Papers of John Adams, volume 7

To Mercy Otis Warren, 18 December 1778 JA Warren, Mercy Otis


To Mercy Otis Warren, 18 December 1778 Adams, John Warren, Mercy Otis
To Mercy Otis Warren
Madam Passy Dec'r 18 1778

A few days ago I had the Pleasure of your obliging letter of the 15 of October. It came by the Post, and single, not a line from any other Person, so that I know not by what means it reach'd L'orient. It was not, however the less welcome to me, its intrinsic Excellence, would have recommended it, whoever had written it. The Merit of the writer would have made it dear to me if the Letter itself had been indifferent, a supposition not very easy to make in this case.


I am sorry very sorry for our Common Country that the unshaken Patriot you mention should think of retiring but I cannot blame him because my own thoughts are constantly running the same way and I am determined with submission to do the same thing.

I hope however Madam that there is not so total a change of Manners, as some appearances may indicate, paper Currency fluctuating in its Value will ever produce appearances in the Political, commercial, and even the Moral World, that are very shooking1 at first sight, but upon Examination they will not be found to proceed from a total Want of Principal but for the most part from Necessity.

Who will take the helm Madam, and indeed who will build the ship I know not but of one thing I am well convinced that a great part of the Evils you mention arise from the neglect to model the constitution and fix the Government. These things must be finished, and the dispute who shall be the head, is much less important than whether we shall have any. I am happy Madam to learn that so many of the most respectable strangers have had an opportunity to visit you. I am pleased with this because it has given you an opportunity of speculating upon those illustrious characters, and because it has given them an opportunity of observing that their new Ally can boast of Female Characters equal to any in Europe.

I have not the honor to know Mrs. Holker, she lives at Rouen at a distance however I have gratified Mr. H's father with a sight of his sons Portrait drawn by a Lady, which he could not read without the tears gushing from both his eyes.

As to Portraits Madam I dare not try my hand as yet. But my Design is to retire, like my Freind, and spend all my leisure hours in writing a history of this revolution. And with an Hand2 as severe as Tacitus, I wish to god it was as eloquent, draw the Portrait of every character that has figured in the business. But when it is done I will dig a Vault, and bury the Manuscript, with a positive injunction, that it shall not be opened till a hundred years after My Death.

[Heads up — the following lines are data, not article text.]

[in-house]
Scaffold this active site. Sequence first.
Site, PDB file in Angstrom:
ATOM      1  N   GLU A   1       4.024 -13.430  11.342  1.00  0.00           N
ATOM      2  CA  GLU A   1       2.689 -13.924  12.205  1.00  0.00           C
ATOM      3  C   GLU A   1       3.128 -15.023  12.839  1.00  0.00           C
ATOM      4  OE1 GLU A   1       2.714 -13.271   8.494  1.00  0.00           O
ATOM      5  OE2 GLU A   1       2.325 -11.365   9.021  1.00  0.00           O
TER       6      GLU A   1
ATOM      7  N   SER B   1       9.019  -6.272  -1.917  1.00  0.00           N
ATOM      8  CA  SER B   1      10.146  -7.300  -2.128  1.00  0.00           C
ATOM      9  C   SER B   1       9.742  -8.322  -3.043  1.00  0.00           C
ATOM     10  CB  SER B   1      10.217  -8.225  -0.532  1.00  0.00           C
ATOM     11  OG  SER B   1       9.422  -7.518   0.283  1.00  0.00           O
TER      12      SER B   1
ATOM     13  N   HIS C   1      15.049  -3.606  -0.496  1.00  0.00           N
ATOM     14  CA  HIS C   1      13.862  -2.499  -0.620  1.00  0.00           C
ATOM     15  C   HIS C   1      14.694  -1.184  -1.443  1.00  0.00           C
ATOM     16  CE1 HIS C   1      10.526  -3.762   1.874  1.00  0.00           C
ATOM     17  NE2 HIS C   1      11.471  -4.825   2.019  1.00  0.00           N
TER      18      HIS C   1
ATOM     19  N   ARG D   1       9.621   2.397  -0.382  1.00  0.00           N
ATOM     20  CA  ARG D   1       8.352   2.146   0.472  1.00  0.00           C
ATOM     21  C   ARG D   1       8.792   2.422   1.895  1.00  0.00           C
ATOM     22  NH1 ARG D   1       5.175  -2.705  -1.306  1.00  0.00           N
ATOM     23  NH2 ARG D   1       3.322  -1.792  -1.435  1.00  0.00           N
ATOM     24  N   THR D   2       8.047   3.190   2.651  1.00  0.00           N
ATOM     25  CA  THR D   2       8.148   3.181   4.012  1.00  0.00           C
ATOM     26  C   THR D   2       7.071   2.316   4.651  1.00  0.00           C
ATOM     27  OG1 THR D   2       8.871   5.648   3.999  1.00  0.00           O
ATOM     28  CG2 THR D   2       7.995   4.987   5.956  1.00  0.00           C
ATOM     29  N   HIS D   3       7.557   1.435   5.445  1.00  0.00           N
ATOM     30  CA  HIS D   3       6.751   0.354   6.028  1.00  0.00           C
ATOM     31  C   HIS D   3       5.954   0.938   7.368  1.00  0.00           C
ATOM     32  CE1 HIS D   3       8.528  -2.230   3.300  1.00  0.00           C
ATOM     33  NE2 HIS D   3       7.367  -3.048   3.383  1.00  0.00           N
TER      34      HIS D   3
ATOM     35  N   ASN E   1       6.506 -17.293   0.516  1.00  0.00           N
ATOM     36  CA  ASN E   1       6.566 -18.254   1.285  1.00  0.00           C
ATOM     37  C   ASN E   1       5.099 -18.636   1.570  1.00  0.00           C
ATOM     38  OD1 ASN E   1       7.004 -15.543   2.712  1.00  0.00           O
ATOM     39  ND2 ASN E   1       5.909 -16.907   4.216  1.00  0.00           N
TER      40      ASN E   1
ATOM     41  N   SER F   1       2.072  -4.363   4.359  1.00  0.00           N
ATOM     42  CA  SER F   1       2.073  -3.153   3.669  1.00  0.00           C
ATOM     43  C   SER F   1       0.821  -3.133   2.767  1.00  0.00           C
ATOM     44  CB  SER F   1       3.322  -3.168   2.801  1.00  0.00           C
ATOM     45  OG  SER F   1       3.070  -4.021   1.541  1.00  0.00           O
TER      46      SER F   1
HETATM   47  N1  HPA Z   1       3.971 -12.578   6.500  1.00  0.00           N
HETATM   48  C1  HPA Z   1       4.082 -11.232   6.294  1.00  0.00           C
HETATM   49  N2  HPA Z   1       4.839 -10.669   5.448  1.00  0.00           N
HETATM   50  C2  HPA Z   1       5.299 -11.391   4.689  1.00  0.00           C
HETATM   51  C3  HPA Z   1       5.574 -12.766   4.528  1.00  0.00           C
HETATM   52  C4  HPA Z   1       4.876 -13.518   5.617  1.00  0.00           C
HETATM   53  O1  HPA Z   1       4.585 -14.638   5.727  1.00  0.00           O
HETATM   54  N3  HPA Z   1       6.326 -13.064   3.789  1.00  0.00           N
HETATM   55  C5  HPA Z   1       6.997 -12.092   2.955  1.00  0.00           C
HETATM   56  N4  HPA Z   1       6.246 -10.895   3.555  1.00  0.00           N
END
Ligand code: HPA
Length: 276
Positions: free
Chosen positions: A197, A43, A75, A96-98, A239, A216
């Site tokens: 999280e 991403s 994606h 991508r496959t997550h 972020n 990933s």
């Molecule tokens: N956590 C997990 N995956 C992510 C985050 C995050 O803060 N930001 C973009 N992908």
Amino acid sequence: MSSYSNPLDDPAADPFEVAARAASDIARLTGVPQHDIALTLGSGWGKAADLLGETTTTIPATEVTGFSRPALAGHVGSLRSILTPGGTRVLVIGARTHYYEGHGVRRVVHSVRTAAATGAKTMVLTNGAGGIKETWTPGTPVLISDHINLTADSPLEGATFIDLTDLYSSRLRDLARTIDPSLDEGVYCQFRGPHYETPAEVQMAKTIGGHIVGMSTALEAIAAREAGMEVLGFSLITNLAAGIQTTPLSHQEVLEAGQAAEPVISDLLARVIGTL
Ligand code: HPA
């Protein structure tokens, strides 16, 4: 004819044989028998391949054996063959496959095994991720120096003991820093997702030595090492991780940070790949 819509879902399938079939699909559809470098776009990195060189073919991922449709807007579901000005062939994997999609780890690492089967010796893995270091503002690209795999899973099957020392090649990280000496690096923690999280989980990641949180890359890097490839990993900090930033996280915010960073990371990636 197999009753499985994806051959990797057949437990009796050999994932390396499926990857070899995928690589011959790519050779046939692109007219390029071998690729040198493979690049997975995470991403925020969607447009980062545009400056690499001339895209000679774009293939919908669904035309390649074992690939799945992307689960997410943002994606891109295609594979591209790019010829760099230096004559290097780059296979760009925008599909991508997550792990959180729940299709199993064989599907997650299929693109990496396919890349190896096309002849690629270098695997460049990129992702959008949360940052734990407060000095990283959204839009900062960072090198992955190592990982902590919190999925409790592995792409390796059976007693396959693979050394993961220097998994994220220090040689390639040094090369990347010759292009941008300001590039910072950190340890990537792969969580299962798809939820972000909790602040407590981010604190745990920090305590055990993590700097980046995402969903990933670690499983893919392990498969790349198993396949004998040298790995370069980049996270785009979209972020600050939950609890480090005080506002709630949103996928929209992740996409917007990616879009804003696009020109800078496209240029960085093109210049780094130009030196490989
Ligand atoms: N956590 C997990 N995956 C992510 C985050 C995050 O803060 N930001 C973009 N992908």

What shall I say, Madam, to your Question whether I am as much in the good graces of the Ladies as my venerable Colleague. Ah No! Alas, Alas No.

The Ladies of this Country Madam have an unaccountable passion for old Age, whereas our Country women you know Madam have rather a Complaisance3 for youth if I remember right. This is rather unlucky for me for I have nothing to do but wish that I was seventy years old and when I get back I shall be obliged to wish myself back again to 25.

283 284

I will take the Liberty to mention an anecdote or two amongst a multitude to shew you how unfortunate I am in being so young. A Gentleman introduced me the other day to a Lady. Voila, Madame, says he, Monsieur Adams, notre Ami, Le Colleague de Monsieur Franklin! Je suis enchante de voir Monsieur Adams. Answer'd the Lady. Embrassez le, donc. Reply'd the Gentleman. Ah No, Monsieur, says the Lady, il est trop jeune.4

So that you see. I must wait patiently, full 30 years longer before I can be so great a favorite.

Madam I can give you no news. The Lords and Commons have refused to Comply censure5 the Manifests6 of the Comissionners. That unhappy Nation are going on in their Frenzy, but there is an awfull Gloom and Melancholy among them and with reason. I am Madam with every sentiment of Respect your affectionate Freind and humble servant

John Adams

Mrs. Warren will pardon my sending her a Letter, in another Hand Writing when she knows, that a little Friend of hers is the Clerk, who desires to send his profound Respects.

RC in JQA's hand (MHi: Warren-Adams Coll.); docketed: “J Adams Esqr Decr 18th 1778 Passy.” LbC (Adams Papers). This letter was copied by JQA from the Letterbook and is, with another of the same date to AA ( Adams Family Correspondence , 3:138–139), the first known instance in which JQA acted as his father's secretary. The emendations indicated below, the signature, and the postscript are by JA.


JQA's misreading of “shocking.”


The preceding four words were interlined by JA to correct an omission by JQA from the Letterbook.


JQA misread this word as “Complisance.” JA interlined the missing “a.”


Although JA corrected most of JQA's misreadings and omissions, he unaccountably did nothing about JQA's revisions in punctuation. Such changes as JQA made have little, if any, effect on the reading of this letter, except in regard to this anecdote, which is almost impossible to understand without reference to the Letterbook copy. As a result, the punctuation and the bracketed words, beginning at “Voila,” are supplied from the Letterbook.


In the Letterbook the word is “censure.” JA interlined his correction of JQA's misreading.


“Manifesto” in the Letterbook.